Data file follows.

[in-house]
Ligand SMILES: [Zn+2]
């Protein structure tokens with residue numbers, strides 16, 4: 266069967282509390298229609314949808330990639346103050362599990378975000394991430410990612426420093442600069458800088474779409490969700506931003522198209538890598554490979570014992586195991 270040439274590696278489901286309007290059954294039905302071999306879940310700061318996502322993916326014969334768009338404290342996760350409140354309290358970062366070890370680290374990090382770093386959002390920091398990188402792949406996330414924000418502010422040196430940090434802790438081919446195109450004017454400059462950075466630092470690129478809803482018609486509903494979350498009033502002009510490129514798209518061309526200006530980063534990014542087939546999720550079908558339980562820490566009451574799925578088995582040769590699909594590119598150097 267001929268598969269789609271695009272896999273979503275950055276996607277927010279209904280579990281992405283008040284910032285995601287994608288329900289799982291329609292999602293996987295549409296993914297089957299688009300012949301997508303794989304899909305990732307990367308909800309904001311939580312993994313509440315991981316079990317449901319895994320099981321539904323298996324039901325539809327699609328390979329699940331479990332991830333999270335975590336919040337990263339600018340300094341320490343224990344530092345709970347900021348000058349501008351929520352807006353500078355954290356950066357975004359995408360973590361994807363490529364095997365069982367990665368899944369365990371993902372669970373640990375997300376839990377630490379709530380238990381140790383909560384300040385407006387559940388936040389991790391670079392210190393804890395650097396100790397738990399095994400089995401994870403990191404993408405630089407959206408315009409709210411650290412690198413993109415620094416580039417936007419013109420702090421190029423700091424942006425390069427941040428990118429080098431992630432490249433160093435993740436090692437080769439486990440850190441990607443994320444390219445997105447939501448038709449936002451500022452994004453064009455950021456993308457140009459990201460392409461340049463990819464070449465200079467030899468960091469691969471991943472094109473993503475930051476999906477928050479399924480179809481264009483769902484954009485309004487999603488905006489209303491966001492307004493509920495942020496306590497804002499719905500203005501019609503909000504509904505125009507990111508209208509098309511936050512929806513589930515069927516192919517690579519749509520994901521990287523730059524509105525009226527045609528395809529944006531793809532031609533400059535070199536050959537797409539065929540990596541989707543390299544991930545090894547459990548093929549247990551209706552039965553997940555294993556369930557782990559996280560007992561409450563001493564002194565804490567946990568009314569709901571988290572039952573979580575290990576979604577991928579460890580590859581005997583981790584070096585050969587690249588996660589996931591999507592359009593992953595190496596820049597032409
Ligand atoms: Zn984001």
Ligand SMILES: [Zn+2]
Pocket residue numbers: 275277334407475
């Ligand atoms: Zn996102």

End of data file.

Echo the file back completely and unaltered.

[in-house]
Ligand SMILES: [Zn+2]
């Protein structure tokens with residue numbers, strides 16, 4: 266069967282509390298229609314949808330990639346103050362599990378975000394991430410990612426420093442600069458800088474779409490969700506931003522198209538890598554490979570014992586195991 270040439274590696278489901286309007290059954294039905302071999306879940310700061318996502322993916326014969334768009338404290342996760350409140354309290358970062366070890370680290374990090382770093386959002390920091398990188402792949406996330414924000418502010422040196430940090434802790438081919446195109450004017454400059462950075466630092470690129478809803482018609486509903494979350498009033502002009510490129514798209518061309526200006530980063534990014542087939546999720550079908558339980562820490566009451574799925578088995582040769590699909594590119598150097 267001929268598969269789609271695009272896999273979503275950055276996607277927010279209904280579990281992405283008040284910032285995601287994608288329900289799982291329609292999602293996987295549409296993914297089957299688009300012949301997508303794989304899909305990732307990367308909800309904001311939580312993994313509440315991981316079990317449901319895994320099981321539904323298996324039901325539809327699609328390979329699940331479990332991830333999270335975590336919040337990263339600018340300094341320490343224990344530092345709970347900021348000058349501008351929520352807006353500078355954290356950066357975004359995408360973590361994807363490529364095997365069982367990665368899944369365990371993902372669970373640990375997300376839990377630490379709530380238990381140790383909560384300040385407006387559940388936040389991790391670079392210190393804890395650097396100790397738990399095994400089995401994870403990191404993408405630089407959206408315009409709210411650290412690198413993109415620094416580039417936007419013109420702090421190029423700091424942006425390069427941040428990118429080098431992630432490249433160093435993740436090692437080769439486990440850190441990607443994320444390219445997105447939501448038709449936002451500022452994004453064009455950021456993308457140009459990201460392409461340049463990819464070449465200079467030899468960091469691969471991943472094109473993503475930051476999906477928050479399924480179809481264009483769902484954009485309004487999603488905006489209303491966001492307004493509920495942020496306590497804002499719905500203005501019609503909000504509904505125009507990111508209208509098309511936050512929806513589930515069927516192919517690579519749509520994901521990287523730059524509105525009226527045609528395809529944006531793809532031609533400059535070199536050959537797409539065929540990596541989707543390299544991930545090894547459990548093929549247990551209706552039965553997940555294993556369930557782990559996280560007992561409450563001493564002194565804490567946990568009314569709901571988290572039952573979580575290990576979604577991928579460890580590859581005997583981790584070096585050969587690249588996660589996931591999507592359009593992953595190496596820049597032409
Ligand atoms: Zn984001």
Ligand SMILES: [Zn+2]
Pocket residue numbers: 275277334407475
């Ligand atoms: Zn996102």